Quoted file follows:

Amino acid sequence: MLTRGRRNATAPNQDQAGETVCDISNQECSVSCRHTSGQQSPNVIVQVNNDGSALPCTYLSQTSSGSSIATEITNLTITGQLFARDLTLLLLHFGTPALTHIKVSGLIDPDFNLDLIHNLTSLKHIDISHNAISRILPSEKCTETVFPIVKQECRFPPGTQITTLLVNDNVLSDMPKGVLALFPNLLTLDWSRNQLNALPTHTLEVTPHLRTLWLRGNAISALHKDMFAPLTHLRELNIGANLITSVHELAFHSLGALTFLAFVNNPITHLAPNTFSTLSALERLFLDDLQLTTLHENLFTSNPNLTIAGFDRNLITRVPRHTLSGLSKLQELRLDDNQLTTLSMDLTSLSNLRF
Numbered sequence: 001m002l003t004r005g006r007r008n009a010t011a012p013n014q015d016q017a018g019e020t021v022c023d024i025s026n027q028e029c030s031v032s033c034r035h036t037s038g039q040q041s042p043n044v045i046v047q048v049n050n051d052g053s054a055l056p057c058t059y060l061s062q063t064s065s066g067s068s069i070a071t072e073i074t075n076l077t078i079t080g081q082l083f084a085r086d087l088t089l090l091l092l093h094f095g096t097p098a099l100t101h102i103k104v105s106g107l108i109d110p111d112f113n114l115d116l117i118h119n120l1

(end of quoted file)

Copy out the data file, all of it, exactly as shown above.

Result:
Amino acid sequence: MLTRGRRNATAPNQDQAGETVCDISNQECSVSCRHTSGQQSPNVIVQVNNDGSALPCTYLSQTSSGSSIATEITNLTITGQLFARDLTLLLLHFGTPALTHIKVSGLIDPDFNLDLIHNLTSLKHIDISHNAISRILPSEKCTETVFPIVKQECRFPPGTQITTLLVNDNVLSDMPKGVLALFPNLLTLDWSRNQLNALPTHTLEVTPHLRTLWLRGNAISALHKDMFAPLTHLRELNIGANLITSVHELAFHSLGALTFLAFVNNPITHLAPNTFSTLSALERLFLDDLQLTTLHENLFTSNPNLTIAGFDRNLITRVPRHTLSGLSKLQELRLDDNQLTTLSMDLTSLSNLRF
Numbered sequence: 001m002l003t004r005g006r007r008n009a010t011a012p013n014q015d016q017a018g019e020t021v022c023d024i025s026n027q028e029c030s031v032s033c034r035h036t037s038g039q040q041s042p043n044v045i046v047q048v049n050n051d052g053s054a055l056p057c058t059y060l061s062q063t064s065s066g067s068s069i070a071t072e073i074t075n076l077t078i079t080g081q082l083f084a085r086d087l088t089l090l091l092l093h094f095g096t097p098a099l100t101h102i103k104v105s106g107l108i109d110p111d112f113n114l115d116l117i118h119n120l1